# Limits: Approaching Pi

Number of Sides:

Circumference = \(2\pi \approx 6.2831853\)

Area = \(\pi \approx 3.14159265\)

Apothem =

Perimeter =

Area =

Apothem =

Perimeter =

Area =

#### Circle

Radius = 1Circumference = \(2\pi \approx 6.2831853\)

Area = \(\pi \approx 3.14159265\)

#### Outer Polygon

Radius =Apothem =

Perimeter =

Area =

#### Inner Polygon

Radius =Apothem =

Perimeter =

Area =

## Approximating Pi with Limits

Since \(\pi\) is an irrational number, we cannot write down its exact decimal or fractional value. We can, however, define it in terms of circles. If \(r\) is the radius of a circle and \(C\) is its circumference, then
\[ \pi = \frac{C}{2r} \]
We can also view \(\pi\) in terms of the area \(A\) of a circle:
\[ \pi = \frac{A}{r^2} \]
It's the latter formula that we'll use here. Suppose we have a circle with radius 1. Its area would then be equal to
\[ \pi = \frac{A}{1^2} = A \]
So if we can approximate the area of a circle with radius 1, we'll have an approximation of \(\pi\) itself. To do so, we'll draw two regular, convex polygons: the largest polygon we can fit inside the circle, and the smallest polygon we can fit outside the circle. Each polygon will have the same number of sides. Because we already have convenient formulas for the area of polygons, we can calculate the inner and outer polygon areas. The true value of \(\pi\) will lie somewhere in between. As the number of sides of the polygon increases, they begin to "fit" closer to the circle itself, and we begin to see a better and better approximation of \(\pi\).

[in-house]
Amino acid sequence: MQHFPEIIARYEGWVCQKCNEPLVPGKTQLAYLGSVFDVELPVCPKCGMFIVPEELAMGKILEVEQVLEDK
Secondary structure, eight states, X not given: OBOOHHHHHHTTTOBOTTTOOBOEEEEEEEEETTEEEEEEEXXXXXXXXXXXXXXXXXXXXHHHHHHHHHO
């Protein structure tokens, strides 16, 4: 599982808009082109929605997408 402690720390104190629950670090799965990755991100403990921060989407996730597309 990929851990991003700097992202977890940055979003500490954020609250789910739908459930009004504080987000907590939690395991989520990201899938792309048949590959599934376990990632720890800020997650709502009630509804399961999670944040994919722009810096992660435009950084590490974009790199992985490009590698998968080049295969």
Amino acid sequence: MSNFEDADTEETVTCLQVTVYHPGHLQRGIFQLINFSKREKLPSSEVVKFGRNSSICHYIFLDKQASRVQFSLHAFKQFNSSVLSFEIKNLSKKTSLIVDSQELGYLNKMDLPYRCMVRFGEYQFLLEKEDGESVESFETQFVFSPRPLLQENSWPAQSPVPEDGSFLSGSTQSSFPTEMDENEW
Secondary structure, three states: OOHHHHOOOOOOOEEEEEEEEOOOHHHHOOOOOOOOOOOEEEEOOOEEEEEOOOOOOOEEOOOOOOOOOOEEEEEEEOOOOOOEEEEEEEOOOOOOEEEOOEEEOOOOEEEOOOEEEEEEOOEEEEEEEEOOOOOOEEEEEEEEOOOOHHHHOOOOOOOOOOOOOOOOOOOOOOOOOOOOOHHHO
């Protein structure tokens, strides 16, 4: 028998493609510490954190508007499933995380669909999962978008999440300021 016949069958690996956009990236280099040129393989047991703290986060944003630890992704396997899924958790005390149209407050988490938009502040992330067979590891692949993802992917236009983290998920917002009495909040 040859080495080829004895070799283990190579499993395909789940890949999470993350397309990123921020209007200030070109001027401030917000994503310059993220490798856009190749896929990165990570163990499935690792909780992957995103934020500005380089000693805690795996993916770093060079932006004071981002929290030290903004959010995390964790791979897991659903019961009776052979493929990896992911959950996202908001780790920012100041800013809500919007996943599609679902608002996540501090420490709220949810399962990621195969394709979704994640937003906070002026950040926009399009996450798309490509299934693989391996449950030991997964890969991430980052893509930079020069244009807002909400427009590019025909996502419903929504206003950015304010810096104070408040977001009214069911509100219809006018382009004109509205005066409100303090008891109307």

In calculus terminology, the value of \(\pi\) is the limit of the area \(A(P_n)\) of a regular convex polygon with \(n\) sides and radius 1 as the value of \(n\) increases towards infinity: \[ \pi = \lim_{n \to \infty} A(P_n) \]

Some helpful geometry terms and formulas, all applying to regular convex polygons:

In calculus terminology, the value of \(\pi\) is the limit of the area \(A(P_n)\) of a regular convex polygon with \(n\) sides and radius 1 as the value of \(n\) increases towards infinity: \[ \pi = \lim_{n \to \infty} A(P_n) \]

Some helpful geometry terms and formulas, all applying to regular convex polygons:

- The radius \(R\) of a polygon is the distance from its center point to one of its vertices (corners).
- The apothem \(t\) of a polygon is the distance from its center point to the center of one of its edges. It is associated to the radius of the polygon by the formula \[ R = \frac{t}{\cos(\pi/n)} \] where \(n\) is the number of sides of the polygon.
- The perimeter \(p\) of a polygon is the sum of the lengths of its edges. The length \(s\) of each side can be calculated using the formula \[ s = 2R\sin(\pi/n) \] where again \(n\) is the number of sides of the polygon.
- The area of a polygon can be found by the formula \[ A = \frac{pt}{2} \] where \(p\) is the perimeter of the polygon and \(t\) is the apothem.

## Using the Applet

Change the number of sides in the polygon, which can be any integer value between 3 and 500. Information about the inner and outer polygons will be calculated and displayed. Note that as the number of sides increases, the area of both polygons grows closer to \(\pi\) while their perimeter grows closer to \(2\pi\).

## About this Applet

This applet was created using the p5 JavaScript library and was last updated September 2019.